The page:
The day has come to settle the NTT INDYCAR SERIES season title, with five eligible drivers scattered throughout the 26-car field.
This much we know: Series points leader Will Power of Team Penske has the pole for today’s Firestone Grand Prix of Monterey (2:40 p.m. ET, NBC; 3 p.m. ET, Telemundo Deportes on Universo and INDYCAR Radio Network), the place to be while guarding what effectively is a 21-point lead over teammate Josef Newgarden and Chip Ganassi Racing’s Scott Dixon. Dixon teammate Marcus Ericsson has a 40-point deficit to overcome; Team Penske’s Scott McLaughlin must rally from 42 points down.
SEE: Race Details | Starting Lineup/Tire Choice
Putting it simply, Power can secure his first series title since 2014 and the second of his career by finishing in the top three. Newgarden and Dixon must do really well and hope Power doesn’t earn a podium position. Ericsson and McLaughlin need to win the race to have a chance at jumping the other three for the title.
But Power is in a most enviable position. Not only does he have the first look at the green flag, the other contenders have a long way to go in the 95-lap race. McLaughlin starts seventh, Ericsson ninth, Dixon 13th and Newgarden 25th in the 26-car field.
“Well, it’s one point,” Power said of earning the point for the NTT P1 Award with Saturday’s record-breaking run to his 68th career pole. “I plan on leading the first lap (of the race), which is another point, and if you get on a real run, you can lead the most laps, it’s (two more points). Just keep going like that.
“Yep, super focused, man. I want to give all the boys my best, give my team the best because that’s what they’ve done for me this year.”
McLaughlin and Ericsson caught a small break Sunday morning when the No. 10 NTT DATA Chip Ganassi Racing Honda of reigning series champion Alex Palou received a six-spot grid penalty for an unapproved engine change after qualifying. That dropped Palou from fifth to 11th and elevated McLaughlin and Ericsson one spot in the starting order.
Palou could climb through the field quickly, if the morning warmup is any indication. He led with a lap of 1 minute, 12.9318 seconds, followed by McLaughlin at 1:13.4435. Among the other title contenders, Dixon was eighth, Ericsson 12th, Power 18th and Newgarden 19th.
Dixon is chasing what would be a record-tying seventh series championship; only A.J. Foyt has won as many. Newgarden is seeking his third season title, which would put him in a short list of drivers who have reached that mark. Ericsson and McLaughlin have never won an NTT INDYCAR SERIES title.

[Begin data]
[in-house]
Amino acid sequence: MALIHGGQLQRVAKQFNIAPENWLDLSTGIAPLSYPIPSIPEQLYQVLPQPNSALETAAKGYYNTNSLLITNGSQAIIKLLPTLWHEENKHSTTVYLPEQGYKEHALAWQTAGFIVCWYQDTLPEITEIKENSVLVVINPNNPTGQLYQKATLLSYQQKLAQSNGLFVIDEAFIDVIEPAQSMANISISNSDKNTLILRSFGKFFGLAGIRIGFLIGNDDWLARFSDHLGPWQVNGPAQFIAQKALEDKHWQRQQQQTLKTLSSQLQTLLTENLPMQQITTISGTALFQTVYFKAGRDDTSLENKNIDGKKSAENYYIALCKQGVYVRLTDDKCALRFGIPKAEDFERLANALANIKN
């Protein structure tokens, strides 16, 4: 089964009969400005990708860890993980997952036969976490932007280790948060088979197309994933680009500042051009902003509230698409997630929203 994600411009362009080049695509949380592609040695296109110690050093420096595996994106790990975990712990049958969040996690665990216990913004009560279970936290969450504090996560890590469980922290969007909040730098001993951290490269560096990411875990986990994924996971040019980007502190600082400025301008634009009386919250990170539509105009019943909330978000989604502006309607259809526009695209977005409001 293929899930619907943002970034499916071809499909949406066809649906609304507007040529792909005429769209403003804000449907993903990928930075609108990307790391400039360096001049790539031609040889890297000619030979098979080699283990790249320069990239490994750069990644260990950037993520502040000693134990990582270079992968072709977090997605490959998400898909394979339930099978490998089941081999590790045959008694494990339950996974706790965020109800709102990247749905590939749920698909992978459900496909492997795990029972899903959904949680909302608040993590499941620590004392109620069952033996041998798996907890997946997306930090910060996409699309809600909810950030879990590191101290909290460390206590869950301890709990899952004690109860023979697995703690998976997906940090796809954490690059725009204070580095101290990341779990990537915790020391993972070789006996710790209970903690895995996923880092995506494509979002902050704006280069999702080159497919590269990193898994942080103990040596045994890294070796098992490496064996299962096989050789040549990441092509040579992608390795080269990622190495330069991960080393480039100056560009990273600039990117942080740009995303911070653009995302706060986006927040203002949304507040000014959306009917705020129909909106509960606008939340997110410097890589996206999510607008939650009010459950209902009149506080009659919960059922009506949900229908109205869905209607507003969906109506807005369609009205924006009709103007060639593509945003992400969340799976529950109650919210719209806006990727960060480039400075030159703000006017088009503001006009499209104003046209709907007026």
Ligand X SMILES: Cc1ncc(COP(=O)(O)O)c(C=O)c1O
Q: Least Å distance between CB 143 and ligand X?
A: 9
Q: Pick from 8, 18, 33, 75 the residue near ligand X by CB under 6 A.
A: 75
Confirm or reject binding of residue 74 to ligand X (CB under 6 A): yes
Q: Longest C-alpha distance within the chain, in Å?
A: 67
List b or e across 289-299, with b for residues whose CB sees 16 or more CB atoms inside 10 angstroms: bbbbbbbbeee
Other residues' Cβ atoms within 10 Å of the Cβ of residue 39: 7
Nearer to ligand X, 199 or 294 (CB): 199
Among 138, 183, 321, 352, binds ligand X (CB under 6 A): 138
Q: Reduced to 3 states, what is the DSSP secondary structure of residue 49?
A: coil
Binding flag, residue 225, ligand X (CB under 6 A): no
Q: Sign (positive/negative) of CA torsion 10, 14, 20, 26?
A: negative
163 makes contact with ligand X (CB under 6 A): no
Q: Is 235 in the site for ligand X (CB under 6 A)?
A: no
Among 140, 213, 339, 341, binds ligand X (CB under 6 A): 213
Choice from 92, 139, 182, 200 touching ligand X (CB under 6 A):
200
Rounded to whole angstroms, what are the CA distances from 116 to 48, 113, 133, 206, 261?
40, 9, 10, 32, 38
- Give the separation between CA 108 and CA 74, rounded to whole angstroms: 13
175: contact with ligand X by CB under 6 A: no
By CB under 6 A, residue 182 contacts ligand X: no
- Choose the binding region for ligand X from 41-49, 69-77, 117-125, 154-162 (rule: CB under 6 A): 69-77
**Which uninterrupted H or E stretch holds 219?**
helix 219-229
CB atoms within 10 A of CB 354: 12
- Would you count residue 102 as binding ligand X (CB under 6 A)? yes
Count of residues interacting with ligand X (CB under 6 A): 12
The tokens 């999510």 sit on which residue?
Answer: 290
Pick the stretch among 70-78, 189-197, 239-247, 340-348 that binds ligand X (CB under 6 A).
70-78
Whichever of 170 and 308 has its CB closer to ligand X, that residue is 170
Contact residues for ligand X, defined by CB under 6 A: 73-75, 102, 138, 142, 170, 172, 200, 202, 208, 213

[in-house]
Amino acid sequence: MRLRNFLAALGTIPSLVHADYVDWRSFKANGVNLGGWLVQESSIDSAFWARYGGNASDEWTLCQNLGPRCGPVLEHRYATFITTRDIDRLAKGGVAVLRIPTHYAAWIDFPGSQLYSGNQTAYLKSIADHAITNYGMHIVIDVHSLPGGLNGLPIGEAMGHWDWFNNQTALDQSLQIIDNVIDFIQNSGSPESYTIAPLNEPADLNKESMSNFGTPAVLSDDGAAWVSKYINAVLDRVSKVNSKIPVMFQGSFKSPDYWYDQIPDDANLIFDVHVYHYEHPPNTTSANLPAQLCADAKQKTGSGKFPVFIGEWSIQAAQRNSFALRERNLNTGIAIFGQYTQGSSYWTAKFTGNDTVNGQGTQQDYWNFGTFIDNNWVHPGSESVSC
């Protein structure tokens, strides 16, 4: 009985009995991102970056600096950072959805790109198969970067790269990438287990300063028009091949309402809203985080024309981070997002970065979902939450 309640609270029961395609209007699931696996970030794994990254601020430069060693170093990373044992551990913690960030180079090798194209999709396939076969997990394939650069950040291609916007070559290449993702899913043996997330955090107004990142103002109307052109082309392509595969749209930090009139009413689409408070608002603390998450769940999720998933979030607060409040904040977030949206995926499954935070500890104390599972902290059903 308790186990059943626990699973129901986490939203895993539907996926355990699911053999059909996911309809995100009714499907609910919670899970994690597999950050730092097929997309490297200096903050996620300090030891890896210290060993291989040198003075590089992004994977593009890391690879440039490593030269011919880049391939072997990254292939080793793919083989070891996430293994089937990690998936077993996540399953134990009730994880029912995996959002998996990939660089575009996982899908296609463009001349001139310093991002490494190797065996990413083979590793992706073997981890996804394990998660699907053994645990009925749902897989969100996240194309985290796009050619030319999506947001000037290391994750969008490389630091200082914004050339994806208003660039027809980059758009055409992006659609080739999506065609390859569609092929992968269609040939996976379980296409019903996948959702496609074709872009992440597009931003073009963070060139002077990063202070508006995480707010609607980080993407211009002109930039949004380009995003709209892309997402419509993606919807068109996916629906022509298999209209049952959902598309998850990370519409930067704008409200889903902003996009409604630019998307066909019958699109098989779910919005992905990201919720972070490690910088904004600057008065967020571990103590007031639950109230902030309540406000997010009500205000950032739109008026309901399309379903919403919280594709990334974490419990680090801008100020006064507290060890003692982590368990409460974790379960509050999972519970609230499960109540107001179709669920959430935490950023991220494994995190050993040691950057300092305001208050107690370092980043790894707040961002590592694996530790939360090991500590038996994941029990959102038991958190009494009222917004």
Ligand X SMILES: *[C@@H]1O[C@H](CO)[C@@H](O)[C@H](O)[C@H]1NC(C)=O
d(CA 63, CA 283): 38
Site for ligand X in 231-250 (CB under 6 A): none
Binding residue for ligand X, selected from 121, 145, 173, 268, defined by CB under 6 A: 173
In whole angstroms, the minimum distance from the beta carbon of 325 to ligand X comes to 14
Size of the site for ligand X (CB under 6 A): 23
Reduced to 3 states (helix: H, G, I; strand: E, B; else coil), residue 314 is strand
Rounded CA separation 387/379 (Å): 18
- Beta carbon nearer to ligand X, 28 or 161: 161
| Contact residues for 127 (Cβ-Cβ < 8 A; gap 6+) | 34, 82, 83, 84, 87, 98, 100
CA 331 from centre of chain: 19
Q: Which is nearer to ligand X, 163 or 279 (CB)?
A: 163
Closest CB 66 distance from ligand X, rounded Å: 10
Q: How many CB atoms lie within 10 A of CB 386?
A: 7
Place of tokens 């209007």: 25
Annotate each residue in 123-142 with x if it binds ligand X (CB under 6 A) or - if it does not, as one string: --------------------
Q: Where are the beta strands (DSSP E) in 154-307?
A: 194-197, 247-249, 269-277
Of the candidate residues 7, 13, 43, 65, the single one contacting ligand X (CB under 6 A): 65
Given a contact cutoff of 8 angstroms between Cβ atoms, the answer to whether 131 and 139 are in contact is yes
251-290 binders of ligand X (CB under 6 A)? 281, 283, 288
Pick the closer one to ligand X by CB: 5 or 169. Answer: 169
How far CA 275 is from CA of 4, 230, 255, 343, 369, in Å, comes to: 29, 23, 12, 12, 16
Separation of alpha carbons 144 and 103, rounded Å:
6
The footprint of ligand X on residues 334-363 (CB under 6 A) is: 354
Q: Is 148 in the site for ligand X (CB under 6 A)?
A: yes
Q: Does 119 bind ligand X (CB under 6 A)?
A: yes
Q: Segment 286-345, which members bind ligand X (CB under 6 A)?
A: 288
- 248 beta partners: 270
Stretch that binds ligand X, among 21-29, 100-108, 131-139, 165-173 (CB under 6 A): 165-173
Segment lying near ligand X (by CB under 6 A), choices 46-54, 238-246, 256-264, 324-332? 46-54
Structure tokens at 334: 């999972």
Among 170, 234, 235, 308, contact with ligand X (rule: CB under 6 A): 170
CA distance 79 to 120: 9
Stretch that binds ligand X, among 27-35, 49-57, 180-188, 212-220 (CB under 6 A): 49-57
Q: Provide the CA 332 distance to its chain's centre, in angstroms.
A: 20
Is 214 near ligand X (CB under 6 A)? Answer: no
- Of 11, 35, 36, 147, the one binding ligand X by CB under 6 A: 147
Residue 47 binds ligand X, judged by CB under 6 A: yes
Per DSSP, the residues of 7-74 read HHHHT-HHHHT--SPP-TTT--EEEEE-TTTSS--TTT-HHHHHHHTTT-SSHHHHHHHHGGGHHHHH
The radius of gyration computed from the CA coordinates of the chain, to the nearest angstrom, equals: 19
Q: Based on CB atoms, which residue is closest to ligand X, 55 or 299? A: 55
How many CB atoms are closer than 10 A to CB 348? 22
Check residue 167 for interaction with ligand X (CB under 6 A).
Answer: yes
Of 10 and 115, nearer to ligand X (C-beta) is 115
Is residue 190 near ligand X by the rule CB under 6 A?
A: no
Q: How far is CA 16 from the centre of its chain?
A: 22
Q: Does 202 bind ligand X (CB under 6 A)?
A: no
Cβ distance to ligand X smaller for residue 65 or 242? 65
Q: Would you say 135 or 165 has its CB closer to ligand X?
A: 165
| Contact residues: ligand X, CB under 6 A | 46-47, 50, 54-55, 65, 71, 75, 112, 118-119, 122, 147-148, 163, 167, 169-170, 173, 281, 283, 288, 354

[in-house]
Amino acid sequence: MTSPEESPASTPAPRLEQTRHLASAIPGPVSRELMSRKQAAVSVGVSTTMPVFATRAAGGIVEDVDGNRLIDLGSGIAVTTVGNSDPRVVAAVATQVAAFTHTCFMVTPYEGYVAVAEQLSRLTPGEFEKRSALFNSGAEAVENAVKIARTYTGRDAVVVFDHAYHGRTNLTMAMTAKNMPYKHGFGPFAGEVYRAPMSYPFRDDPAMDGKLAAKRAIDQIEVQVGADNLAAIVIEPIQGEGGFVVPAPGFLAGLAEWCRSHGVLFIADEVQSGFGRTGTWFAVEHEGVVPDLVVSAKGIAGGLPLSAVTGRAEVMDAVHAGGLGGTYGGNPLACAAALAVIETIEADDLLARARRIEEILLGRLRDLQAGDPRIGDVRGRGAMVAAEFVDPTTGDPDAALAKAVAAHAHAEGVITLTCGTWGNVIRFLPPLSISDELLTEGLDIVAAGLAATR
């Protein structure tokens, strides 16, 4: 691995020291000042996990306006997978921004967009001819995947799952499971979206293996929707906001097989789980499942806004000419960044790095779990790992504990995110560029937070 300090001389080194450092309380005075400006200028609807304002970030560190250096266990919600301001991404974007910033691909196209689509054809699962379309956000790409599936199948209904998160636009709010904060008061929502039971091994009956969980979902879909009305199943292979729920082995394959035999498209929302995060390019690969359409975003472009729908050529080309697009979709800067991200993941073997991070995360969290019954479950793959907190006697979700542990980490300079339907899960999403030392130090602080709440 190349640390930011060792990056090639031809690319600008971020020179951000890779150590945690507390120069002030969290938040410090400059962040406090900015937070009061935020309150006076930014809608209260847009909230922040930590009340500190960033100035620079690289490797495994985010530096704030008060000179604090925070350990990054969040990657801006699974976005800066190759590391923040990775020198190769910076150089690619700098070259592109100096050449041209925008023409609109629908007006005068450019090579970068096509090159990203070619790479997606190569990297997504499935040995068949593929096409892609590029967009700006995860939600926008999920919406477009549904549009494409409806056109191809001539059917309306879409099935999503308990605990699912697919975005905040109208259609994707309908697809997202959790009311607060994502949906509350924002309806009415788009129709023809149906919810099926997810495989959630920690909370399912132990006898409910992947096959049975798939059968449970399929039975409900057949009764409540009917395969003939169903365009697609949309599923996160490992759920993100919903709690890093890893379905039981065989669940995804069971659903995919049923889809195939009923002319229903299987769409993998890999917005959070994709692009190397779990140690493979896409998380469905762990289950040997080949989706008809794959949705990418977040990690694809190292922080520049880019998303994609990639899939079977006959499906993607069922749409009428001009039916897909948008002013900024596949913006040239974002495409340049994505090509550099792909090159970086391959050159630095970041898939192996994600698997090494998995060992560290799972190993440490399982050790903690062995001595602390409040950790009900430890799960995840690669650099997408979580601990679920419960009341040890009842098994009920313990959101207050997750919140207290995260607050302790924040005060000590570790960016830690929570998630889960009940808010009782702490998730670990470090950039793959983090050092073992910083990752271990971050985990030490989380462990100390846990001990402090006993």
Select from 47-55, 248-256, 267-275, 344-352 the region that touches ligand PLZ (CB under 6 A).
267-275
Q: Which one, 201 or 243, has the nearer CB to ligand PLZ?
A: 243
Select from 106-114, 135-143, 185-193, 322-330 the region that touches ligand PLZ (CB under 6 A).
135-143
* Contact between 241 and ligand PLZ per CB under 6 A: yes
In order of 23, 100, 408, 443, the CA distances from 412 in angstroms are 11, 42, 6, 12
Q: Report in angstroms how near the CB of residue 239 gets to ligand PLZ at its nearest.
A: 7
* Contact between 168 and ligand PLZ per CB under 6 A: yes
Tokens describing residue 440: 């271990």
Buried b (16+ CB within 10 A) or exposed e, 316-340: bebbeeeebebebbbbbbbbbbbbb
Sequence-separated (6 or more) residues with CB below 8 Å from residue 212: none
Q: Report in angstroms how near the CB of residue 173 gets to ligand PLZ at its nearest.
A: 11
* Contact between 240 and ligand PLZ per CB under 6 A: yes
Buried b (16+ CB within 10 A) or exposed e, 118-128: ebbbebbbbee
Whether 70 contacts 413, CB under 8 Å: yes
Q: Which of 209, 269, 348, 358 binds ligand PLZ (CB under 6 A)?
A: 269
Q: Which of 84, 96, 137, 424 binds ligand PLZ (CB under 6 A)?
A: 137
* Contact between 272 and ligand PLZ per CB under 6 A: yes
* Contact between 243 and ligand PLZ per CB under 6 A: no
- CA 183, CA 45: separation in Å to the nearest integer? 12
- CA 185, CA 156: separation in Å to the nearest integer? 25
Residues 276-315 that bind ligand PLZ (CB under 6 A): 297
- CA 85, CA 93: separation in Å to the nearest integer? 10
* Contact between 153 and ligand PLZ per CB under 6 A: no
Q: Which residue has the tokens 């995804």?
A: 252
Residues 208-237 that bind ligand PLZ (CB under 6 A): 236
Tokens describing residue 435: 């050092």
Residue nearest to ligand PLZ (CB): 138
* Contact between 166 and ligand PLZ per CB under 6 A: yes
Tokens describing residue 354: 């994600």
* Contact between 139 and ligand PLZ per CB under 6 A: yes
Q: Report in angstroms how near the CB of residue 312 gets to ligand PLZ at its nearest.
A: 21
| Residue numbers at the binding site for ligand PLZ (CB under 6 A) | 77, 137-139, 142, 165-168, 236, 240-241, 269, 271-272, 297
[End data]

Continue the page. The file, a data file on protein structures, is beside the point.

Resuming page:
They aren’t the only ones seeking something significant in today’s race.
Front-row starter Callum Ilott, who is finishing his first full season in the series, will be chasing his first U.S. victory. David Malukas, who starts sixth, and Christian Lundgaard, the No. 16 starter, also want to achieve their first series wins, but they’re also battling for the Rookie of the Year Award. Lundgaard leads Malukas by five points.
“We’ve just been chipping away and trying to do a good job, and yeah, it’s been tough with no teammate to kind of have anything to learn from,” Ilott said. “To get to this stage and have a result like this … amazing job.”
Ilott said he recognizes he will start the race along someone going for a season championship. Therefore, he will drive alertly and accordingly.
“I’d love to win races if we have the pace to do it, (but) I’m not going to ruin anyone’s race to do it,” he said. “It’s more about working away. I’d love to finish the season with a top-five (finish), a top-three, take it as it comes.”
Team Penske has won 10 of the 16 races this season. Power would love to make it 11, but it’s not necessary in the overall picture. And yet, Power knows any of the other contenders can swipe the title from him if he isn’t careful.
Power said he expects a “tough race,” especially given that Dixon and Newgarden, who did not advance out of the first round of Saturday’s qualifying, will have an additional set of fresh Firestone Firehawk primary tires to use in what could be a winning four-stop pit strategy.
“It’s far, far, far from won, and I’m really aware of that,” Power said.